Understanding your HSA and getting to financial independence

A health savings account (HSA) is a tax-advantaged medical savings account available to taxpayers in the United States who are enrolled in a high-deductible health plan (HDHP). The funds contributed to an account are not subject to federal income tax at the time of deposit. Unlike a flexible spending account (FSA), HSA funds roll over and accumulate year to year if they are not spent.

HSAs are owned by the individual, which differentiates them from company-owned Health Reimbursement Arrangements (HRA) that are an alternate tax-deductible source of funds paired with either high-deductible health plans or standard health plans.

HSA funds may currently be used to pay for qualified medical expenses at any time without federal tax liability or penalty. Beginning in early 2011 over-the-counter medications cannot be paid with an HSA without a doctor’s prescription. Withdrawals for non-medical expenses are treated very similarly to those in an individual retirement account (IRA) in that they may provide tax advantages if taken after retirement age, and they incur penalties if taken earlier. The accounts are a component of consumer-driven health care.

Advantages of an HSA:

  • Roll over savings not used each year
  • Invest your health savings funds
  • Tax deduction

Disadvantages:

  • High deductible for medical care
  • Less coverage
  • Higher out of pocket costs

Health Savings can have incredible advantages. They can build up your net worth. You can earn passive income from these accounts. You can even save for a rainy day. There is no end to what you can accomplish with these accounts. But they are not for everyone.

People that go to the doctor more frequently may decide that a PPO plan with a lower deductible is more financially beneficial. If you have more chronic medical conditions that require you to go to the doctor you may be paying more out of pocket for each visit due to the high deductible nature of the medical plans. You may also consider adding a supplemental plan for prescription drugs. Evaluate your situation. Is it right for you and your spouse or family?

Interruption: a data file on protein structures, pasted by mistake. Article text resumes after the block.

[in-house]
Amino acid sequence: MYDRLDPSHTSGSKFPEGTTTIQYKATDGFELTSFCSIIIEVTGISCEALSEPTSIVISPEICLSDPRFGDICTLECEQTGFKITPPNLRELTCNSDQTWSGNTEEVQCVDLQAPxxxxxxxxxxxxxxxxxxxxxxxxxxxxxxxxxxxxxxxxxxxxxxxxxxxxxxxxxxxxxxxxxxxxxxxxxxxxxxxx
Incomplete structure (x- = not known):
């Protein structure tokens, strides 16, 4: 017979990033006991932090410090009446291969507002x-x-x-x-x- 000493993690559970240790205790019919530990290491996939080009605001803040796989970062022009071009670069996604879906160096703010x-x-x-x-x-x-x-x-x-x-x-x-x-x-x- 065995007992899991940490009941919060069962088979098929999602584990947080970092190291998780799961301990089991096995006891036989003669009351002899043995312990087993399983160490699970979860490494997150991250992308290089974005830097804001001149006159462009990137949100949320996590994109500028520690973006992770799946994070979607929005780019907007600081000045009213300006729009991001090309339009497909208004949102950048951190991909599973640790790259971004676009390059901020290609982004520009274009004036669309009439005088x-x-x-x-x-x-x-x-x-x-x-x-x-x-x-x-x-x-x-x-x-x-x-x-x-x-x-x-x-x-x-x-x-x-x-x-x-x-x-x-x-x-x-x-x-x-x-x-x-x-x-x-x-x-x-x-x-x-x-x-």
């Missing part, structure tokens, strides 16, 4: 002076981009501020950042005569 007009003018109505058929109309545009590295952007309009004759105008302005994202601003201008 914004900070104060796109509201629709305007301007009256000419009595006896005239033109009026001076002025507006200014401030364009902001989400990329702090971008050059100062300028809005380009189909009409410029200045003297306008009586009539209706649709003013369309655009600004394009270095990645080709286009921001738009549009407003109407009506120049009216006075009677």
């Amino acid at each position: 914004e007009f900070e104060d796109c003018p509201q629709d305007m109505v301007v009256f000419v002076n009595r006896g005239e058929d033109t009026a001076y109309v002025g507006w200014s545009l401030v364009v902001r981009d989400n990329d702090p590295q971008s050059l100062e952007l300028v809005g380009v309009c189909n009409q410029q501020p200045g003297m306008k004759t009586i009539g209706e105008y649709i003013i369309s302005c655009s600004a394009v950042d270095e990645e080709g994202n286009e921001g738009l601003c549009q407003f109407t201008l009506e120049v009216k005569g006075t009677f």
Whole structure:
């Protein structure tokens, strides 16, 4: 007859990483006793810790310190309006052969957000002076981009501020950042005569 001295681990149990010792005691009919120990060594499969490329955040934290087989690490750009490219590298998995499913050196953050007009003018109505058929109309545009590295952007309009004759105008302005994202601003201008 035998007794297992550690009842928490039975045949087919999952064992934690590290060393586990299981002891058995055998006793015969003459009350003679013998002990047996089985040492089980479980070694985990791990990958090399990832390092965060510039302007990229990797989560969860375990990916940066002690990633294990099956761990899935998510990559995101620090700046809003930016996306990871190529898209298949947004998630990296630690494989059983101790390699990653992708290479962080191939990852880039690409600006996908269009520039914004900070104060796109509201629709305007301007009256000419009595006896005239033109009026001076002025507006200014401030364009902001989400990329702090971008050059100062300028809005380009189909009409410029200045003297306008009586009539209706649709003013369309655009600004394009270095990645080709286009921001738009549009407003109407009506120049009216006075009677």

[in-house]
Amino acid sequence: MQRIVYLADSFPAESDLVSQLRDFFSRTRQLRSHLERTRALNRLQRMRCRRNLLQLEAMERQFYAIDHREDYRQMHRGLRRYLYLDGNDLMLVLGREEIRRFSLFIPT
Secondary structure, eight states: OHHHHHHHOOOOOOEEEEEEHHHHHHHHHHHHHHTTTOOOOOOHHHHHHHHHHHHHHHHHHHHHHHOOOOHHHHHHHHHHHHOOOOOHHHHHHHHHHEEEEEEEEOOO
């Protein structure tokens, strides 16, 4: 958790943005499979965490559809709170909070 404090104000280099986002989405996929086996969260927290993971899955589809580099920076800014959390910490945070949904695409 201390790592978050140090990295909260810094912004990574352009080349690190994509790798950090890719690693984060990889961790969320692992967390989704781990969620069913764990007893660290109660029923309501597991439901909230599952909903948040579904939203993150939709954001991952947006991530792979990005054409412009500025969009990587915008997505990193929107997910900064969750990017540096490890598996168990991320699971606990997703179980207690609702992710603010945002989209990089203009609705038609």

But even if you are paying more out of pocket it is still wise to have an HSA. You can put money in an HSA for the long term.

If you keep your receipts you can reimburse yourself later, even years later for your spending on health today. So you could invest money in your HSA account, let it grow in an investment, and then reimburse yourself later with the funds.

These accounts were created because healthcare is only getting more expensive. And has likely happened in the past is going to happen with these health accounts; they will become more popular with the general public and Congress will increase the amount of money you can put into the accounts. It is likely to keep up with inflation and maybe even increase based on consumer demand.

You have to take control of your financial situation. And health is one of the most expensive items you will spend in your life time besides you home. You must take advantage of all the tax advantaged accounts in order to maximize your gains.

You do not know how many years you are going to live. What if you live to be 90 or 100. Are you going to have enough money to take care of yourself and your family? Are you going to be able to leave some money to your heirs or to charity. Or maybe you are like and savings so you can start your own business.

Make smart choices. That’s how you are really going to build wealth over the long term.

Share this article with someone! Read our other related articles to learn more wealth building strategies.

Leave a comment, I read them all.

Send me an email with any thoughts or questions you have:

dextermoneyweb@gmail.com


Published by Collin Harness

Obsessed with creating value and helping people achieve financial independence.

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